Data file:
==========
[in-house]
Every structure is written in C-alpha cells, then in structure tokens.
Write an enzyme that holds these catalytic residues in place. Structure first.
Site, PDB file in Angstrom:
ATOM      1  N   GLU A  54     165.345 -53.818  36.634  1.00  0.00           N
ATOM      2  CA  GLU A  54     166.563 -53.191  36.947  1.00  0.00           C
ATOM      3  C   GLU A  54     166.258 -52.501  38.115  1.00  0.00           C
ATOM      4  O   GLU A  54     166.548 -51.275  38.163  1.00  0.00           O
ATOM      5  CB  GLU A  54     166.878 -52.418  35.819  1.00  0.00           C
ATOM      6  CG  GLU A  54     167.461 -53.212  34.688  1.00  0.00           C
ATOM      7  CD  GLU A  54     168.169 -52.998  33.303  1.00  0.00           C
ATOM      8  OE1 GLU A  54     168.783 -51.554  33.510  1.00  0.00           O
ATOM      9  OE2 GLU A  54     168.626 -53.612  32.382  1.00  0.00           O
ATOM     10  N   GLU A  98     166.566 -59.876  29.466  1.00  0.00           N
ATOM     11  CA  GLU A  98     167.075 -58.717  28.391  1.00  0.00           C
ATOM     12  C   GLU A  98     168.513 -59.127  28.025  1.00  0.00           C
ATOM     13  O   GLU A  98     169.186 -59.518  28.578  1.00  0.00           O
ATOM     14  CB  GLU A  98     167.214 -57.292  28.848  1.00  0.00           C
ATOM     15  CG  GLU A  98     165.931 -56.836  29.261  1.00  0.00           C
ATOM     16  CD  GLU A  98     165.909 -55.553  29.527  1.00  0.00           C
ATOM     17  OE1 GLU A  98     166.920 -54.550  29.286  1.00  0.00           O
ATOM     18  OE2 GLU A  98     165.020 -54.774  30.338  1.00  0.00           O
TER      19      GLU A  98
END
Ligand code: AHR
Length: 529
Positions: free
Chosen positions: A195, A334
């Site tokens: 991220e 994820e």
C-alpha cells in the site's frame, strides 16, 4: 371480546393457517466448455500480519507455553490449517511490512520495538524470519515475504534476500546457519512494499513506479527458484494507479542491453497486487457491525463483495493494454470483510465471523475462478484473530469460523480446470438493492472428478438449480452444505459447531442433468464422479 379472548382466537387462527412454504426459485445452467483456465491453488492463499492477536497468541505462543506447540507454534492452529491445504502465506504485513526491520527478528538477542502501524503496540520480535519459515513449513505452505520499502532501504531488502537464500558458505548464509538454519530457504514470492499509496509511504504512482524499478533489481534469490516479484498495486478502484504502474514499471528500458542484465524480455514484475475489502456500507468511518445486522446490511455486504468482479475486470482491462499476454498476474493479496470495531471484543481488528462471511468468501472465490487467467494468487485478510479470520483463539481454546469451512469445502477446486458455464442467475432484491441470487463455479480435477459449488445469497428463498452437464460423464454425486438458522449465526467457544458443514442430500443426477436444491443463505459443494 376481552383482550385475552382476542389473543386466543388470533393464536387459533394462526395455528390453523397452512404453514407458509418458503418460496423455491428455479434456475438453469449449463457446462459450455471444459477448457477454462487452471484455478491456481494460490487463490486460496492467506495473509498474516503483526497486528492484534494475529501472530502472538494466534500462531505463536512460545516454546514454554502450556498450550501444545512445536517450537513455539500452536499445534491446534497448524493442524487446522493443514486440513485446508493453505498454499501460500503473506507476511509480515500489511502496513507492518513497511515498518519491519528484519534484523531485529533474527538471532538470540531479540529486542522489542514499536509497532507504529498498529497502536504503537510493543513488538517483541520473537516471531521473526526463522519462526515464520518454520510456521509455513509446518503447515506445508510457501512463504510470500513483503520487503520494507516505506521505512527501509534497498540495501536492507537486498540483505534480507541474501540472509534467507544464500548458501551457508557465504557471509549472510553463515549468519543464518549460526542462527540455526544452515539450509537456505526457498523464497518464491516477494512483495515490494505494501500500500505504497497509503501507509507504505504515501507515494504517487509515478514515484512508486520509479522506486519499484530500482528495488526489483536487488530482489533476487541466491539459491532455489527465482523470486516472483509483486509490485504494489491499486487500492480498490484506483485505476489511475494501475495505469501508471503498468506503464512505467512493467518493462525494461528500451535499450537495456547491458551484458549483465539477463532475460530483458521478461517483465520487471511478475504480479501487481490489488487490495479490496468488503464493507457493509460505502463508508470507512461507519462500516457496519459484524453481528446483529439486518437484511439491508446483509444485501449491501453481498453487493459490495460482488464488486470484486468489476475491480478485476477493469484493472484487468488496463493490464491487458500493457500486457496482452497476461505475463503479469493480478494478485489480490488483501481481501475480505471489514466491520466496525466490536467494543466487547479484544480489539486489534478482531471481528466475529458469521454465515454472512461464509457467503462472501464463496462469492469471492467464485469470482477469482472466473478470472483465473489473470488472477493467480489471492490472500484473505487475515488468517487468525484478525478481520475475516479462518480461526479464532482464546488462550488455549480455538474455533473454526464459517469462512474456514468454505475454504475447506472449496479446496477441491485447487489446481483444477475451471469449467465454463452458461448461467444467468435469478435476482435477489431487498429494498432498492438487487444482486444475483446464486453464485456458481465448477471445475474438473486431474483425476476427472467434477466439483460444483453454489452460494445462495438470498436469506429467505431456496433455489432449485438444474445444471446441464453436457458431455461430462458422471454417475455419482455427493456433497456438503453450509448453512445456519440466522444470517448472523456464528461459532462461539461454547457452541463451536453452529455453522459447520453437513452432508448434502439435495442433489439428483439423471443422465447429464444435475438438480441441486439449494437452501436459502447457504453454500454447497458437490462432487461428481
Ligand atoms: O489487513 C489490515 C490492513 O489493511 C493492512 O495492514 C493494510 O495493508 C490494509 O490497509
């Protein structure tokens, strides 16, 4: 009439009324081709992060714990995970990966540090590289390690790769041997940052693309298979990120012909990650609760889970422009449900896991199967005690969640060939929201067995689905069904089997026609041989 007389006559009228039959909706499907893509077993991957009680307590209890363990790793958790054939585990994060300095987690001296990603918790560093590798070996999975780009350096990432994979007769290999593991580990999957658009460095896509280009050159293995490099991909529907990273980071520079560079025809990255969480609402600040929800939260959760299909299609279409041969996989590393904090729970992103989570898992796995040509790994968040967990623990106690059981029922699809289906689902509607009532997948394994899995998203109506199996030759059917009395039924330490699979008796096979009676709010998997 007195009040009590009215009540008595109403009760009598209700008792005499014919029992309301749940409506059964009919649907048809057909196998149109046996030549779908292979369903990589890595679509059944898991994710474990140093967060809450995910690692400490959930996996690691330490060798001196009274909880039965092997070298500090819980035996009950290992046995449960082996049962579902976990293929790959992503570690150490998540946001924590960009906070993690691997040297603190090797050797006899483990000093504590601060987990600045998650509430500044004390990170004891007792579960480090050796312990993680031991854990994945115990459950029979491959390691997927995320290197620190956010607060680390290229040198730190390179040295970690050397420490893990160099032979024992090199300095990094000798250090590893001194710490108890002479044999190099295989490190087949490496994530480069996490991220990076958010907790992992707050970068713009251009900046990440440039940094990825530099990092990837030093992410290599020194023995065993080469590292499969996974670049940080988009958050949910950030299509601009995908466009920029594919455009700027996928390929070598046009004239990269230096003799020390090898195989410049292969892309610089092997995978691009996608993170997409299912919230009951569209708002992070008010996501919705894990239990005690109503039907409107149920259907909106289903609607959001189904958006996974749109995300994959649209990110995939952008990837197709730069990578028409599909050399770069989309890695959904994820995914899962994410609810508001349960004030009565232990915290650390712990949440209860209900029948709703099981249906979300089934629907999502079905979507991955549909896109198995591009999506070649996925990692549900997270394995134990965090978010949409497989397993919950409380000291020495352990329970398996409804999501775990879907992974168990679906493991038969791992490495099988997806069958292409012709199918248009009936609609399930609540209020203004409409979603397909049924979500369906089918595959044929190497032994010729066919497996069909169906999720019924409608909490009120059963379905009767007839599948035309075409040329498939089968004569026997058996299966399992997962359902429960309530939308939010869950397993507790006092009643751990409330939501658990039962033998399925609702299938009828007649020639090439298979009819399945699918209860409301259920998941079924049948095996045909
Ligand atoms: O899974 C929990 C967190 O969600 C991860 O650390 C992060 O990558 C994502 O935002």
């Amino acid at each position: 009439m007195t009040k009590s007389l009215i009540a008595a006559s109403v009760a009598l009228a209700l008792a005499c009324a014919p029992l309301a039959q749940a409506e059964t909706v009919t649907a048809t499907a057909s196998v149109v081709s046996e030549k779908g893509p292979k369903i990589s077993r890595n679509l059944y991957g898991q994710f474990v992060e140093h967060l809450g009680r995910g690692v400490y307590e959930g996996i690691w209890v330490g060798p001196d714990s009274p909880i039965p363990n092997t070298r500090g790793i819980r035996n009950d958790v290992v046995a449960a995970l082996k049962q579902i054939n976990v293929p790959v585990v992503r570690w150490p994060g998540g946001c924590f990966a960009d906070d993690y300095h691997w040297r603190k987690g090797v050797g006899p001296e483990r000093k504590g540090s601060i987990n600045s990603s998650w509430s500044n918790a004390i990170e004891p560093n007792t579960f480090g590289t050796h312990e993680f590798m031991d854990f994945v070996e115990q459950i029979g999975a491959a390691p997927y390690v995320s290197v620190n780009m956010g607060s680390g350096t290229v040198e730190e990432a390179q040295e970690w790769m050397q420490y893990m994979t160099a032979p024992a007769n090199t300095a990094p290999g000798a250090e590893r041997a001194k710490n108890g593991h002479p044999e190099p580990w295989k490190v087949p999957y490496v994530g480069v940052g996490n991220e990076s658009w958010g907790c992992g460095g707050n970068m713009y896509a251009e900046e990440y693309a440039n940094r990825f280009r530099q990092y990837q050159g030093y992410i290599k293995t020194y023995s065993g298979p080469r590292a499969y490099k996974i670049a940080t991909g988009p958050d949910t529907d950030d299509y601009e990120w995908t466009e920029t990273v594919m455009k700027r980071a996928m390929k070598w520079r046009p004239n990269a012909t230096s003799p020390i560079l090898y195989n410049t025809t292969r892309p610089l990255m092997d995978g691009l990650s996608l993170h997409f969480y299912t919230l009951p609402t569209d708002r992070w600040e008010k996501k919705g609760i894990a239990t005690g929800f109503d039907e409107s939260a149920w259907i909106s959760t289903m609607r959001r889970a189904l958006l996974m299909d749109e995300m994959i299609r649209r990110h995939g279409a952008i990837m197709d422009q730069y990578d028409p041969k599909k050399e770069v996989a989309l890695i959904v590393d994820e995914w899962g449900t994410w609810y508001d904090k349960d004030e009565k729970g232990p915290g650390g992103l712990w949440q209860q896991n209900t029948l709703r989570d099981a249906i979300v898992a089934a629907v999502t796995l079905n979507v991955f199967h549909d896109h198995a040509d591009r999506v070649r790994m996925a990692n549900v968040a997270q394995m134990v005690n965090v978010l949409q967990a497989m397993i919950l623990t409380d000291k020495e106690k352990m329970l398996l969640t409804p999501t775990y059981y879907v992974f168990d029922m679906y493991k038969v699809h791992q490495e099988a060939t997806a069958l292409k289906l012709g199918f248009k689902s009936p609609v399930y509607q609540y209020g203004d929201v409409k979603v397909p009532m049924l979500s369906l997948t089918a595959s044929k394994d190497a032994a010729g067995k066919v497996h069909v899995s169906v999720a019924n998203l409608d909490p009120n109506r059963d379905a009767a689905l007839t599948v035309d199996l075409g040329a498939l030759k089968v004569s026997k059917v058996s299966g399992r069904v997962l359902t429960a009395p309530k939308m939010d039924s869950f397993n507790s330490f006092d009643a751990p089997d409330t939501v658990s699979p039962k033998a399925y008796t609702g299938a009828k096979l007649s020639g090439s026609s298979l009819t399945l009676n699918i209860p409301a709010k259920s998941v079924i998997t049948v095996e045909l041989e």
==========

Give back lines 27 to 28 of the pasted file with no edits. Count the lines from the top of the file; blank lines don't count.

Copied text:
Positions: free
Chosen positions: A195, A334